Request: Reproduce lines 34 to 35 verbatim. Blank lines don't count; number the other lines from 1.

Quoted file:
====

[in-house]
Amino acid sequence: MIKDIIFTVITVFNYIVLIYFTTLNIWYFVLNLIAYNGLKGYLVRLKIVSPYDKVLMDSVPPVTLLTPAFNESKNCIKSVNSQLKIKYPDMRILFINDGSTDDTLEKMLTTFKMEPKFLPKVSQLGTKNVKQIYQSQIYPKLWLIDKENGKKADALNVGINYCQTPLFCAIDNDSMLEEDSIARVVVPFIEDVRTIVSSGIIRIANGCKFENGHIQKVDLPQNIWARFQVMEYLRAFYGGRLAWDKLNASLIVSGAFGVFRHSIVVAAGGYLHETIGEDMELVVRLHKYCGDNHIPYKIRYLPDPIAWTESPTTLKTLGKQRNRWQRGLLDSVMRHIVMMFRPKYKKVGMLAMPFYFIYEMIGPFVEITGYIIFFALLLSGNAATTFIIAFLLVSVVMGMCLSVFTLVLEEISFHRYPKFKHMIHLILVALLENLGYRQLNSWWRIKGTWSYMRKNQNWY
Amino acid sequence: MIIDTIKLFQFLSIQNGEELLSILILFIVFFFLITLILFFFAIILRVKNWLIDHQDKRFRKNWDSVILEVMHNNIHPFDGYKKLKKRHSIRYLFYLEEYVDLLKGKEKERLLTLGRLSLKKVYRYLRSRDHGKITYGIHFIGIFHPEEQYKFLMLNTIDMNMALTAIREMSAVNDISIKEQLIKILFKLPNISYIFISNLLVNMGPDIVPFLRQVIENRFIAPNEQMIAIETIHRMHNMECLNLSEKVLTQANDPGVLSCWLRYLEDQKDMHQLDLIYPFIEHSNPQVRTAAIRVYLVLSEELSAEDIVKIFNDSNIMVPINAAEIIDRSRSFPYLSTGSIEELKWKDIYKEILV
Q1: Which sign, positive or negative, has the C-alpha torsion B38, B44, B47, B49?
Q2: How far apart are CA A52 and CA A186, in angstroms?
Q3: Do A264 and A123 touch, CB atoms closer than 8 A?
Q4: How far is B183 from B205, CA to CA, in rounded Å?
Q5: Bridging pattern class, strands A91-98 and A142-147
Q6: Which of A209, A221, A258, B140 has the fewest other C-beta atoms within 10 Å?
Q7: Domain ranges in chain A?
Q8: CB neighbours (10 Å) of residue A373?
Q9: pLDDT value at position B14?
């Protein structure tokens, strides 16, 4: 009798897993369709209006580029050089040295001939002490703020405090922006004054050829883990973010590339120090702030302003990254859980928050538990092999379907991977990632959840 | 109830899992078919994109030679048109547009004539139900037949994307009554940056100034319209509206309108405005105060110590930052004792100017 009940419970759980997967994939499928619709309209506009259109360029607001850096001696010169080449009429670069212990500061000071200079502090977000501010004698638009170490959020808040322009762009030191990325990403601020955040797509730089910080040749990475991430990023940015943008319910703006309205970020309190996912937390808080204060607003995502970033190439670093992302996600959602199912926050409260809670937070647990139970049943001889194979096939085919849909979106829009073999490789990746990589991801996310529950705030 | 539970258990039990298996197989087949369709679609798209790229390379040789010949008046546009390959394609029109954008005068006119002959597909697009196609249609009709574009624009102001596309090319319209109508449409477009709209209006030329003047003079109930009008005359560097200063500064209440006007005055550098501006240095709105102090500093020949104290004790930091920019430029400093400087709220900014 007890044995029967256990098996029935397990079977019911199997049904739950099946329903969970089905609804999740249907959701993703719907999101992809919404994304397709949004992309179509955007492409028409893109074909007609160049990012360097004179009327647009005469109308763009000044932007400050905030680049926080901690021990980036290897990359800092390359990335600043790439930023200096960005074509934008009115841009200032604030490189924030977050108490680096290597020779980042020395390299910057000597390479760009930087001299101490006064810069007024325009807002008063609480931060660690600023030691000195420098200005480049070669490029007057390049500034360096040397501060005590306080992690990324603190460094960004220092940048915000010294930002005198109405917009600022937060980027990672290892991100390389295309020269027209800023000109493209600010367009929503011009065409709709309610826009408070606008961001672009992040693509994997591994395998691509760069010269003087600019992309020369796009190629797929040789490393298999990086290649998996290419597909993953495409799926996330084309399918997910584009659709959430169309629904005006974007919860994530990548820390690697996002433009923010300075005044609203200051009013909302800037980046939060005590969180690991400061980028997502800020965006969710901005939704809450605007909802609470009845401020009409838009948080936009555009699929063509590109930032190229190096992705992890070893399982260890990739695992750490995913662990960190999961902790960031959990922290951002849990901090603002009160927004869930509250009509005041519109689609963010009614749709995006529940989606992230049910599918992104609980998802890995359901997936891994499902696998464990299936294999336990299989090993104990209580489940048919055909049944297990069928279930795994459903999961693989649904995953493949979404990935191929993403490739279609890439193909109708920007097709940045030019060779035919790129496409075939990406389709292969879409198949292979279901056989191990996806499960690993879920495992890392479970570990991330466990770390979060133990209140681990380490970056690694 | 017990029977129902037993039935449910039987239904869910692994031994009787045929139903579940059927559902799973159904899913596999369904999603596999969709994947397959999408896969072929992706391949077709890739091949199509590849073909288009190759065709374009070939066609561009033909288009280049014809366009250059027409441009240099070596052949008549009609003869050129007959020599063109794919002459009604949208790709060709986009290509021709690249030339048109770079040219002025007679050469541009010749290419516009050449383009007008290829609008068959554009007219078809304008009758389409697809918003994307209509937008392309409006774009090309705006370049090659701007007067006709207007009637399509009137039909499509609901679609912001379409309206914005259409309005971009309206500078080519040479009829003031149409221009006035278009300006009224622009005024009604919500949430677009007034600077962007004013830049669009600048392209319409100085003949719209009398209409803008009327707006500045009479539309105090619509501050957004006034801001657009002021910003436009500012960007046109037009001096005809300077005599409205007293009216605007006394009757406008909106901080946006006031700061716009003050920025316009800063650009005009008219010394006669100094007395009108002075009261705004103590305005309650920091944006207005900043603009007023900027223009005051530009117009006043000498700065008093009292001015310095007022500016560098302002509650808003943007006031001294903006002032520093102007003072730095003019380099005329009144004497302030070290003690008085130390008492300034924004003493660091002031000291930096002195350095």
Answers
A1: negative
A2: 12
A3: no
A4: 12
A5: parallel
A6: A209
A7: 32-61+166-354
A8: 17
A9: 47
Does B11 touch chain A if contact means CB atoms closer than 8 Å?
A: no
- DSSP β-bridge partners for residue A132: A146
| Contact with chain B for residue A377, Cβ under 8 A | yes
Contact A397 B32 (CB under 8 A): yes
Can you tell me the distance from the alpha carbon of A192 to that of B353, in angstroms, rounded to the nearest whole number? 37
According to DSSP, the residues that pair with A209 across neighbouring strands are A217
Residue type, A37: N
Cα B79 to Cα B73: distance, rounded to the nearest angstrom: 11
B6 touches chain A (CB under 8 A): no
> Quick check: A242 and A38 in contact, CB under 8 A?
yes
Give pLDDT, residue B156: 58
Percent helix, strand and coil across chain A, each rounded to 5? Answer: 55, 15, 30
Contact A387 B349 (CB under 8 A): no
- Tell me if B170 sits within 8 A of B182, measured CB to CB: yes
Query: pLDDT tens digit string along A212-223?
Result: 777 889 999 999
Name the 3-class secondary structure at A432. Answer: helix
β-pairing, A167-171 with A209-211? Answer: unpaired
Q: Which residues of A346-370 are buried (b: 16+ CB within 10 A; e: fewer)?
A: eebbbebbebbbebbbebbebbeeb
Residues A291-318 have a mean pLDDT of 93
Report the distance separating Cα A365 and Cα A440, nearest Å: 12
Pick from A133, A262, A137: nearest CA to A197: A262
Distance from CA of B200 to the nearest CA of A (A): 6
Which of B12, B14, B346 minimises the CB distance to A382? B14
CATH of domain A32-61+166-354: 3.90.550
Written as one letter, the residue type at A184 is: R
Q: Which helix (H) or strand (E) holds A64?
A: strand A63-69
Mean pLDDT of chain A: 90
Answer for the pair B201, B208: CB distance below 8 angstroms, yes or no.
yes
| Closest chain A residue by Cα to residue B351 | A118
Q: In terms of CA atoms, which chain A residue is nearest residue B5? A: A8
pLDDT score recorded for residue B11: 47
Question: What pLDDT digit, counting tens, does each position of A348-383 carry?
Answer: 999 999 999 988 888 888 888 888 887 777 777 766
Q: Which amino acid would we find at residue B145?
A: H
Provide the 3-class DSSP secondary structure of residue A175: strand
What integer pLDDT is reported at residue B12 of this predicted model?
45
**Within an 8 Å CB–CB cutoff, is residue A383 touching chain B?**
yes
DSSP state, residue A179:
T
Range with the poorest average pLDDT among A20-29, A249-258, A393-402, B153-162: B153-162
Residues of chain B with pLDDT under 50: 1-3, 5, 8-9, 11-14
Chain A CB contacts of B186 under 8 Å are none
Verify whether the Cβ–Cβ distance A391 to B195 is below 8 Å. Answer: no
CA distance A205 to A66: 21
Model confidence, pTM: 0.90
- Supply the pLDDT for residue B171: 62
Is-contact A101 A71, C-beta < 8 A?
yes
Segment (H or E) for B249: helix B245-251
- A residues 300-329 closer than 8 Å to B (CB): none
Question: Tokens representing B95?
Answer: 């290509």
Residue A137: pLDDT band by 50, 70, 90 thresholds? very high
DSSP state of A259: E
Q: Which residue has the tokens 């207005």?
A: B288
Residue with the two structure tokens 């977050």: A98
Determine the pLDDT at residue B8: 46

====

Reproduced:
> Quick check: A242 and A38 in contact, CB under 8 A?
yes